Bay Shore businessman chooses solar over wind power

Roger Jette, president and founder of Snake Tray

Roger Jette, president and founder of Snake Tray Co., is shown among the dozens of solar panels installed on the roof of the Snake Tray manufacturing facility in Bay Shore. (July 21, 2010) (Credit: Newsday / John Paraskevas)

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Roger Jette pictured a windmill spinning over his Bay Shore factory: It would cut his costs and allow him to keep his business - and its jobs - on Long Island. He worked with the Town of Islip to develop a groundbreaking code for industrial-zone turbines. He commissioned a site plan for a 156-foot tower.

And then he changed his mind.

Solar, he said, is a better fit.

"On a sunny day, we'll be able to be off the grid entirely," said Jette, 58, whose business, Snake Tray, designs systems for organizing cables in office spaces.

 

Solar, wind, solar . . .

He said when he began considering alterative energy sources, he initially favored solar, "then went to wind, then came back to solar. We have a large building with a flat roof. This just happened to work out perfect."

The mottled blue panels atop his factory roof came online last week.

As municipalities, school districts, businesses and homeowners across Long Island consider adopting wind power and other renewable energy sources, Jette's experience illustrates that finding a good match can take a little legwork. And, renewable energy experts say, for this region solar is still the most widely applicable, provided a property has shade-free space.

Jette began looking at alternative energy sources two years ago, after the state of Georgia asked him to relocate his factory there. State officials offered him land, architects to design his building, tax breaks and $5,000 for every Georgian he hired.

 

Saying no to the South

Instead, he decided to stay here and put up a wind turbine. That way, he said, he could cut his costs and stay in the place that he and his workers love.

Islip, in September 2008, became the first Long Island town to adopt standards for small wind turbines in suburban backyards. Jette worked with the town to include industrial properties, too, more than doubling the height allowance from the 45-foot residential setting.

"Roger was our first industrial applicant," said Dave Genaway, deputy commissioner of planning. "It's precisely the Roger Jette application that we wanted to make such a huge legislative leap. In the face of skyrocketing energy costs . . . if there are alternatives we could help promote, we want to do that."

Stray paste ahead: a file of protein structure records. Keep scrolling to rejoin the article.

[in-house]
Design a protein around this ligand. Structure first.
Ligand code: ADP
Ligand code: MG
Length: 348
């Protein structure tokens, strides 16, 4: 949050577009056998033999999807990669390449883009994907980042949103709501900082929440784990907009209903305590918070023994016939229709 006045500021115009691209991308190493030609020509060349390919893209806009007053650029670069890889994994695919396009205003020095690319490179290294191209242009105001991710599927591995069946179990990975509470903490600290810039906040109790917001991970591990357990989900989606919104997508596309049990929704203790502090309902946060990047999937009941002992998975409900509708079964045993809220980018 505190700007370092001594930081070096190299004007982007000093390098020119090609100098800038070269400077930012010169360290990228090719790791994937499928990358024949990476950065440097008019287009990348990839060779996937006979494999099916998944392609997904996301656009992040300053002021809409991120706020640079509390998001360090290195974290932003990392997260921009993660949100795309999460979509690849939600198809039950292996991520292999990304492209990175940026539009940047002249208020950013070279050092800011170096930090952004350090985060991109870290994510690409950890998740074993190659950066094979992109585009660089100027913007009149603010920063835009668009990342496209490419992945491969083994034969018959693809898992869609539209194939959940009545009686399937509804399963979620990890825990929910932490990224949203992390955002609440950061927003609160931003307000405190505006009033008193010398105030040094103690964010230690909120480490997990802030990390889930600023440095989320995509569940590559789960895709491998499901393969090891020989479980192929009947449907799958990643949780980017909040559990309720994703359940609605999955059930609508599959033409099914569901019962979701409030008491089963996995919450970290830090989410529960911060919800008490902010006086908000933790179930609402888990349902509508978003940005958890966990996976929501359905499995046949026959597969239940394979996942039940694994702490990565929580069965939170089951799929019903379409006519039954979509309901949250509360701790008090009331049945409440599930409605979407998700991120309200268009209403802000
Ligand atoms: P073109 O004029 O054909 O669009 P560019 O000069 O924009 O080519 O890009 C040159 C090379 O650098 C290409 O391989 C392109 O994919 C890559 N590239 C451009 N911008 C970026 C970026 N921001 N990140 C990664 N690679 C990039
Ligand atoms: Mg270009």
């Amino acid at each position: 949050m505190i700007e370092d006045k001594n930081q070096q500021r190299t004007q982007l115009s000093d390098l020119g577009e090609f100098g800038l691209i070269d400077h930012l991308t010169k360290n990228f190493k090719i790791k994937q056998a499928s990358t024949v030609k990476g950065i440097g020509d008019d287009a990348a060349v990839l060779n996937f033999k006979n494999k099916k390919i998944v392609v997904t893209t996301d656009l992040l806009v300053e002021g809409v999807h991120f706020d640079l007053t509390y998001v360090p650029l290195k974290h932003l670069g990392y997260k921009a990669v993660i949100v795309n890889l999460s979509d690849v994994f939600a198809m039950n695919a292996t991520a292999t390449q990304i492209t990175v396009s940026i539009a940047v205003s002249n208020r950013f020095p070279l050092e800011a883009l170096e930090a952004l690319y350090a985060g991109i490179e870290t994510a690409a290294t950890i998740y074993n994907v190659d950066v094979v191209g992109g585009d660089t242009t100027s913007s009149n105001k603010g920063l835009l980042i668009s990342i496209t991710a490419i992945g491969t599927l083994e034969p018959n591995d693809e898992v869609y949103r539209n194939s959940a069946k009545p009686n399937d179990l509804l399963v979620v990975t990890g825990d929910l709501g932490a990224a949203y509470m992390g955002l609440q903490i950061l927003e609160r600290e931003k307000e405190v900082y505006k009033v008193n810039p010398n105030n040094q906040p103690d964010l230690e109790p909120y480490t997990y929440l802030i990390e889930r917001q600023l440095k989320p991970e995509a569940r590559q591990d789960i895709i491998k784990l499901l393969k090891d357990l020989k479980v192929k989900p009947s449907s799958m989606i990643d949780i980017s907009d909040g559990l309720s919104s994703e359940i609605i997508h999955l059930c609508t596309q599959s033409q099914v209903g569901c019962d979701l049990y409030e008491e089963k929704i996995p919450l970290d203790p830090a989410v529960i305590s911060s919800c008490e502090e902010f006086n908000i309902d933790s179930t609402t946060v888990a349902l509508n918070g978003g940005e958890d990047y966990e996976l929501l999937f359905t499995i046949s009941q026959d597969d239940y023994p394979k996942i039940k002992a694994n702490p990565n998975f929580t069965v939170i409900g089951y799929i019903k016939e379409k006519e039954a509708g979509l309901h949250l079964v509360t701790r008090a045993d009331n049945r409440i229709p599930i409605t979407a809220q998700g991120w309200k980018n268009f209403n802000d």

Jette planned to squeeze a sleek, white Northwind 100 into the parking lot next to his factory, in an industrial zone near the Sagtikos State Parkway. Poised to catch southwest winds from the bay, it was expected to generate more than 100,000 kilowatt-hours per year, enough to power the entire factory.

But, even as Jette needed to get the turbine up and running by Dec. 31 to take advantage of tax credits, he encountered obstacles over the location of the property line and the number of parking spaces required.

So he ordered solar panels.

"We just needed to have them on site" by the deadline, he said, not operational.

As it turns out, solar has allowed him to do things wind could not.

First, he was able to design and build the system in-house. And as he did so, he developed two new products: a stainless steel rack for solar panels, weighted down by concrete blocks, and a snaking steel cage for keeping electrical cables secure as they run across the roof.

The 200-acre solar farm planned at Brookhaven National Laboratory will be his first Solar Snake Tray customer.

And as a result, he said, he's hired three new employees.

Though the solar array is anticipated to produce slightly less energy than the turbine would have, he expects it to eliminate his $60,000 annual electric bill. And, while the windmill would have generated the most juice during the winter, his solar system will work at maximum capacity during the peak-use summer months, taking his factory off the grid when it's under the most strain.

He also is in talks with three universities and the school his daughters attend in Brightwaters, St. Peters by the Sea Episcopal Day School, to use it as a teaching laboratory.

"It's a win-win-win," he said, looking over his half-acre array on a blazing afternoon. "If a little, tiny company like us can do it, there will be a lot more. You can really change the face of the world."

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